As UGA history professor Numan Bartley explained in a 1974 Georgia Historical Quarterly article: “Sophisticated observers found it difficult to take Maddox seriously, given his reputation for antics and colorful fanaticism, but, like Eugene Talmadge before him, Maddox had a genuine appeal for the white common folks.”
Maddox, unlike Trump, came from very modest circumstances. He quit high school during the Great Depression to help support his family. As an outspoken segregationist, he had twice run unsuccessfully for mayor of Atlanta and Lt. Governor of Georgia. But Maddox had made a name for himself as the owner of The Pickrick cafeteria near Georgia Tech, where he steadfastly refused to serve Black customers, even after the passage of national Civil Rights laws that required him to do so. In July 1964 he even chased several Black Tech students out of his business with an ax handle, which soon became one of his popular public props. Maddox eventually sold his restaurant rather than integrate.
All of this, of course, made Maddox wildly popular with the many White Georgians who fiercely opposed the Civil Rights movement. When he ran for governor in the 1966 Democratic primary against the much more moderate Ellis Arnall, Maddox, according to Bartley, “projected a certain charisma with his earnest blend of social segregation and religious fundamentalism.”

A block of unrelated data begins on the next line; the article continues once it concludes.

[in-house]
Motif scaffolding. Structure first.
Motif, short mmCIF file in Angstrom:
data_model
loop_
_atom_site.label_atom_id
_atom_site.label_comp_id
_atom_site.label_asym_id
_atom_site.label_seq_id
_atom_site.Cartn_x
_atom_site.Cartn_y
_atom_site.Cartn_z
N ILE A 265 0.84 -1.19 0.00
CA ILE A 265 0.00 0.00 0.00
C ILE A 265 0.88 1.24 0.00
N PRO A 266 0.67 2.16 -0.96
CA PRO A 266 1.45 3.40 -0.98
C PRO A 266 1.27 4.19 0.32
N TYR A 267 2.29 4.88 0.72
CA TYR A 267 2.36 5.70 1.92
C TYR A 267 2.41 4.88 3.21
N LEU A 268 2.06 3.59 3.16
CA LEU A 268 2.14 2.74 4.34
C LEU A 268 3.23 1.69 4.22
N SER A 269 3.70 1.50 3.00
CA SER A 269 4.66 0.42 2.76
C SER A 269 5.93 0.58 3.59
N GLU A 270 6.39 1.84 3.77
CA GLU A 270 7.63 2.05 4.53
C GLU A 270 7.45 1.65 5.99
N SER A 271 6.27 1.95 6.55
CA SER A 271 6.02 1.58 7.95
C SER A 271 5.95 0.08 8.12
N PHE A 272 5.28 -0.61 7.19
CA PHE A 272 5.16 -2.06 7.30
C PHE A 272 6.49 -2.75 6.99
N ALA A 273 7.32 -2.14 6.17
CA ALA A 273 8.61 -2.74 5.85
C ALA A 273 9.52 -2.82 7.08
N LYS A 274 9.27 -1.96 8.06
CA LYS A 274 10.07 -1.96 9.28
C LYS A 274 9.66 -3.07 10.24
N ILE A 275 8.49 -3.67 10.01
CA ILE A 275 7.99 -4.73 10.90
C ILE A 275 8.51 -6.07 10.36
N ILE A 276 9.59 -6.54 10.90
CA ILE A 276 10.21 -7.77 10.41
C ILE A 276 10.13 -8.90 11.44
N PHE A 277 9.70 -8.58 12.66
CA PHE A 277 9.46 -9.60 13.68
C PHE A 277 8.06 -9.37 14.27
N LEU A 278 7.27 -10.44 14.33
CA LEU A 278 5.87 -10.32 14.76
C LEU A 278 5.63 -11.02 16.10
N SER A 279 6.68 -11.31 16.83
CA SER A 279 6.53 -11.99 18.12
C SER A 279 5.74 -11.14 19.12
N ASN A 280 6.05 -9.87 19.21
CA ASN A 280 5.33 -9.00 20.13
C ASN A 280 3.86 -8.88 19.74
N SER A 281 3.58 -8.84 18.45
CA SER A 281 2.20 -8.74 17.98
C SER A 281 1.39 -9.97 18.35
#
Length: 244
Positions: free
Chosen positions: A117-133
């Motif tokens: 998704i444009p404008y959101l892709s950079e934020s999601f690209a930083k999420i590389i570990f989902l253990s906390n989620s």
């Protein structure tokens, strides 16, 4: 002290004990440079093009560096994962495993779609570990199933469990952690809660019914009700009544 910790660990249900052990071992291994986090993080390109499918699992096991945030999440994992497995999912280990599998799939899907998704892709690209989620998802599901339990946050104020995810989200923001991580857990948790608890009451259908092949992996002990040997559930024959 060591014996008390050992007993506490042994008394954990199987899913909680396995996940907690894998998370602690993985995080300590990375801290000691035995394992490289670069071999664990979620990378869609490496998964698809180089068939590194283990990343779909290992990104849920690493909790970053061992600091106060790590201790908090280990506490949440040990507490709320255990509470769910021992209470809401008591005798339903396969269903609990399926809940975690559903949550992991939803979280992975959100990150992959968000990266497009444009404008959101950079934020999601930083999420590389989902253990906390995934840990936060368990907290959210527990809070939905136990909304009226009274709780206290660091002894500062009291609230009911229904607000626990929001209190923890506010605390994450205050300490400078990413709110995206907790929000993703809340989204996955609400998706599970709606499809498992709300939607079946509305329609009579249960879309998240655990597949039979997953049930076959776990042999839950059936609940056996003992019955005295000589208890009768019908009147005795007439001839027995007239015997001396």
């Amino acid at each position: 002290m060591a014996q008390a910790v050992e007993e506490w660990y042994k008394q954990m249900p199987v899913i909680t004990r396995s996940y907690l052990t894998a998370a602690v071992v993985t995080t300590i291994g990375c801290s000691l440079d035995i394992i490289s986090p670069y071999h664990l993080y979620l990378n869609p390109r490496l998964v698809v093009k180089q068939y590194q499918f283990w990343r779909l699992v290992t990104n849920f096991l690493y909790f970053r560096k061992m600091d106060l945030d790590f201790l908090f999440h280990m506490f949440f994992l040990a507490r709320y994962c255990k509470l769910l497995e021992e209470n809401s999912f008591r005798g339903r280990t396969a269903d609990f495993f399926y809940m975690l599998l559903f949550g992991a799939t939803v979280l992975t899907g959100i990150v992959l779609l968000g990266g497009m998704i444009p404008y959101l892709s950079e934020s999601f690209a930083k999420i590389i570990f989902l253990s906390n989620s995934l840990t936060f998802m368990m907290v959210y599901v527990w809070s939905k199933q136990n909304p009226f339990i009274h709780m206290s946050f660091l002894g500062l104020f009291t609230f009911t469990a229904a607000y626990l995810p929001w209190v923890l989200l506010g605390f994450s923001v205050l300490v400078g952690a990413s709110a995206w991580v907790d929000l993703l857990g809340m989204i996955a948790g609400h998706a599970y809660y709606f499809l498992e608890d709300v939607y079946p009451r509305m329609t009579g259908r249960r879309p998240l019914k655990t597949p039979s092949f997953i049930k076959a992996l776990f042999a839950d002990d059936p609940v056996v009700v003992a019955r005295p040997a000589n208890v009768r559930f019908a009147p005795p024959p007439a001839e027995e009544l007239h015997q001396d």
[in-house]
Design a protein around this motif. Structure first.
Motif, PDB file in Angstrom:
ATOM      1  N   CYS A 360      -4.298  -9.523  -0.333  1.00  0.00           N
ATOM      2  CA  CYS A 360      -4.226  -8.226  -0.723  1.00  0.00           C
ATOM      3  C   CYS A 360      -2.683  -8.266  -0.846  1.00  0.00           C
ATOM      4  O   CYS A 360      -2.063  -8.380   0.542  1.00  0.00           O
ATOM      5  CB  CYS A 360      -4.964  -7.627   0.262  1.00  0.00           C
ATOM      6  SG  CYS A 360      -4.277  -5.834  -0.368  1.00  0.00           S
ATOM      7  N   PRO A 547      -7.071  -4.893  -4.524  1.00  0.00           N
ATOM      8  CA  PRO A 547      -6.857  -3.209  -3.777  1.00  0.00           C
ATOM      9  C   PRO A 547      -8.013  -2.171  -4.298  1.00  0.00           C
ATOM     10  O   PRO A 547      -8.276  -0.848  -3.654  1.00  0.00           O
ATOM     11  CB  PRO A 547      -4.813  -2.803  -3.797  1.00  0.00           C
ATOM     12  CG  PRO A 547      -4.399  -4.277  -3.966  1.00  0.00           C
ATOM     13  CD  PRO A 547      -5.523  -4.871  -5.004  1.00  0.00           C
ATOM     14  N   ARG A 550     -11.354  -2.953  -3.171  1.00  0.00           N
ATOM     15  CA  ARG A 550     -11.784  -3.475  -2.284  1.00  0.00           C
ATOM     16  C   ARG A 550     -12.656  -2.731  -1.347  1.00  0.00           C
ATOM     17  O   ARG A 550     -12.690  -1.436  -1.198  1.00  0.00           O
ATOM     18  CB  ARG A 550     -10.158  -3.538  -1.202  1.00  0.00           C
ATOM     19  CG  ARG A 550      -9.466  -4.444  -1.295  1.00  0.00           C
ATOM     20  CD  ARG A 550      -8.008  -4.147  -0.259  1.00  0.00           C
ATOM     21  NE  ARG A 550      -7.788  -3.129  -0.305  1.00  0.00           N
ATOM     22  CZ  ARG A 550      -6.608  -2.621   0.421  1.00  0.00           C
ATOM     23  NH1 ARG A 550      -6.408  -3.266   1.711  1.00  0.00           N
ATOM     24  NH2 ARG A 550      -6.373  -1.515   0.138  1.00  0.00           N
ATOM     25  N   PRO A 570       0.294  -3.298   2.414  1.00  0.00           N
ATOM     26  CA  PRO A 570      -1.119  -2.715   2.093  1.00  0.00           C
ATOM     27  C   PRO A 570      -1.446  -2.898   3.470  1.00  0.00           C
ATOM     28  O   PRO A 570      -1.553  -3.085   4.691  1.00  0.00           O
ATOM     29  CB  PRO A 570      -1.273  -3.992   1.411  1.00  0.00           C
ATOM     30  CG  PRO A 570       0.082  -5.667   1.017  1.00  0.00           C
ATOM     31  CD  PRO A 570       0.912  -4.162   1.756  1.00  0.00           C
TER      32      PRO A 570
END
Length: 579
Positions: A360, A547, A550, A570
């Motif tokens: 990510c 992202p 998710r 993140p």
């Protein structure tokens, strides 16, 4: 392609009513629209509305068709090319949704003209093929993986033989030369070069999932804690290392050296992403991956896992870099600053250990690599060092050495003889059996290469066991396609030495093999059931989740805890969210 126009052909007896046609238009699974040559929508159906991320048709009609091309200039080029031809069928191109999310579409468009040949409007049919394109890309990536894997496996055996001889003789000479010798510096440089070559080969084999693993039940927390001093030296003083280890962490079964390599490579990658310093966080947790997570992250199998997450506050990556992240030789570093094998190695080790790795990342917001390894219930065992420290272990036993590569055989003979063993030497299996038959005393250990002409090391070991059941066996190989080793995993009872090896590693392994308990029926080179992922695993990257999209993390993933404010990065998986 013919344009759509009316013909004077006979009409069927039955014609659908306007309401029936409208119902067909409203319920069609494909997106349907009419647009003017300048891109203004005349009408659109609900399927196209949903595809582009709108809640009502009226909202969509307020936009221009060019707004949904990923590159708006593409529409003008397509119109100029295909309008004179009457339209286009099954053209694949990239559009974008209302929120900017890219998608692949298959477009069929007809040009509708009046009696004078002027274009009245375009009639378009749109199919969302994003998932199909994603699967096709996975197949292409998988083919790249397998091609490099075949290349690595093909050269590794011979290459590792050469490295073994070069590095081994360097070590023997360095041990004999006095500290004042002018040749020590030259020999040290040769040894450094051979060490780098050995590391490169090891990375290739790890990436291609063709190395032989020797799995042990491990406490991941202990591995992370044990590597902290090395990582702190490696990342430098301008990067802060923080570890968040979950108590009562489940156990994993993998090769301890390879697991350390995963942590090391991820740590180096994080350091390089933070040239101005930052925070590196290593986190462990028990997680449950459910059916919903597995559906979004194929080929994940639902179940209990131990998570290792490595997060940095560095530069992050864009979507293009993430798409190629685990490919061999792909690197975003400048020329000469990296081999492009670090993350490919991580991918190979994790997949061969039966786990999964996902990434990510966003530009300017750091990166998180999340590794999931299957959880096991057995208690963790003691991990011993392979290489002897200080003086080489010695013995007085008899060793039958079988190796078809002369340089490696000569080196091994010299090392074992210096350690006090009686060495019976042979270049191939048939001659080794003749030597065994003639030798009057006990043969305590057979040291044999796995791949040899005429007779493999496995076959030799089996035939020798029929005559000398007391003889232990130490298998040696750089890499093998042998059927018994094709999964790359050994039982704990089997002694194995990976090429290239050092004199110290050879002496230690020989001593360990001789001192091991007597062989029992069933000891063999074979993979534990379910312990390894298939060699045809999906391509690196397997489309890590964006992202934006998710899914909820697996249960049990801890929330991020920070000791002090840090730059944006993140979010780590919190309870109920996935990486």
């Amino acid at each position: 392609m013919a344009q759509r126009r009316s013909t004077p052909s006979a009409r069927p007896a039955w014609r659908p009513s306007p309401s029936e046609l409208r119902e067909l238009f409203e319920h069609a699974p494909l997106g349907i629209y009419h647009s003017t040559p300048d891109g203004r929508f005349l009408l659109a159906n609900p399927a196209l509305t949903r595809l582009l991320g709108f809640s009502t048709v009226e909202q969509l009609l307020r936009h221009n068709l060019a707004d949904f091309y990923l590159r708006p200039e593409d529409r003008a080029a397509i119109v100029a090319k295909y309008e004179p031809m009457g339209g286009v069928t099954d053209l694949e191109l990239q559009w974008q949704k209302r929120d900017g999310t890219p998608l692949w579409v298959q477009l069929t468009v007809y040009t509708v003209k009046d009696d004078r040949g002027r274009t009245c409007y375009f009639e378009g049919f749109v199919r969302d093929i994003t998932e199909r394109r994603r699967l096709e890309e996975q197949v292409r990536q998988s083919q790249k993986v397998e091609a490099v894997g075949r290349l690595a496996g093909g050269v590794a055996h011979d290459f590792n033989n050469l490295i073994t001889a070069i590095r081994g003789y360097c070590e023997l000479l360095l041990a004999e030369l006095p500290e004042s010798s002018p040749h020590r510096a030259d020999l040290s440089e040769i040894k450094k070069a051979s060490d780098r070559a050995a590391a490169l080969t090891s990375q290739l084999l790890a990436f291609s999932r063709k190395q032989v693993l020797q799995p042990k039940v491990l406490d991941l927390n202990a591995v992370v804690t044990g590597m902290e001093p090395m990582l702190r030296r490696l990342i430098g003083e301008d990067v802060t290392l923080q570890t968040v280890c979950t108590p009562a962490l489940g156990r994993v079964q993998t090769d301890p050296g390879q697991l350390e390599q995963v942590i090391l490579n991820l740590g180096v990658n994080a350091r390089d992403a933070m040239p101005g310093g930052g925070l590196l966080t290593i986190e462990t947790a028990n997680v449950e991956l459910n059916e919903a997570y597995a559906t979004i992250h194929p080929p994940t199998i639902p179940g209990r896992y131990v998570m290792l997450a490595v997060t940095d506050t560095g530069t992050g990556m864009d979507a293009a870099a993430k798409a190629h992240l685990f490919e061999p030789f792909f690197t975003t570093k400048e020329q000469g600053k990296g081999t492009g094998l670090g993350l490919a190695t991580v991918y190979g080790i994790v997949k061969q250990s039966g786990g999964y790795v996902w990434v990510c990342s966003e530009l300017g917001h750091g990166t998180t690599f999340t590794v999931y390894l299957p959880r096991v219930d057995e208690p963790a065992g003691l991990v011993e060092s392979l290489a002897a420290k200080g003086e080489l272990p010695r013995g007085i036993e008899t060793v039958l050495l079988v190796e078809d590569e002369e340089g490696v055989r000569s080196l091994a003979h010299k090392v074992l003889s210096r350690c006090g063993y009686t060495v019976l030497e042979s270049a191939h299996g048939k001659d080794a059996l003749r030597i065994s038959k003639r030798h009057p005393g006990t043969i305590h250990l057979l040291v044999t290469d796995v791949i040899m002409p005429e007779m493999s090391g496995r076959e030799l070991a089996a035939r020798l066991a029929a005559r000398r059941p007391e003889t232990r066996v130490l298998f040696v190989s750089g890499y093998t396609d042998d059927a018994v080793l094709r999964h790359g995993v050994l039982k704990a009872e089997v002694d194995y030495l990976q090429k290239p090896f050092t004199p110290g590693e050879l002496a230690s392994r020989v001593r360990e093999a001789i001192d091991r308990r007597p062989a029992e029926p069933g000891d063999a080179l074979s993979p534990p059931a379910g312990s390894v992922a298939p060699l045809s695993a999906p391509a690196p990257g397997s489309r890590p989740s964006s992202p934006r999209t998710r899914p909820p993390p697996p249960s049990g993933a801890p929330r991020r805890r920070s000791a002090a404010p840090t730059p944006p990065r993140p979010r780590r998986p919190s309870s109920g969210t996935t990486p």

Maddox held nothing back. In the words of the New York Times, Maddox’s openly racist platform “included the view that blacks were intellectually inferior to whites, that integration was a Communist plot, that segregation was somewhere justified in Scripture and that a federal mandate to integrate schools was ‘ungodly, un-Christian and un-American.’” The Ku Klux Klan wholeheartedly endorsed him.
Less than two years after the passage of two of the most far-reaching pieces of social legislation in American history, angry and resentful White Georgians were in no mood for moderation. Maddox won 64 percent of the rural vote, but only 41 percent of the urban, much as Trump would 50 years later. And like Trump, Maddox overwhelmingly won White working-class voters (70 percent in urban areas) but only about a quarter of more affluent Whites, and only 0.3 percent of the urban Black vote. In the general election, Republican Bo Callaway outpolled Maddox but didn’t gain a majority, throwing the contest into the Democratic-controlled House, where the ax-handle-wielding Maddox won easily.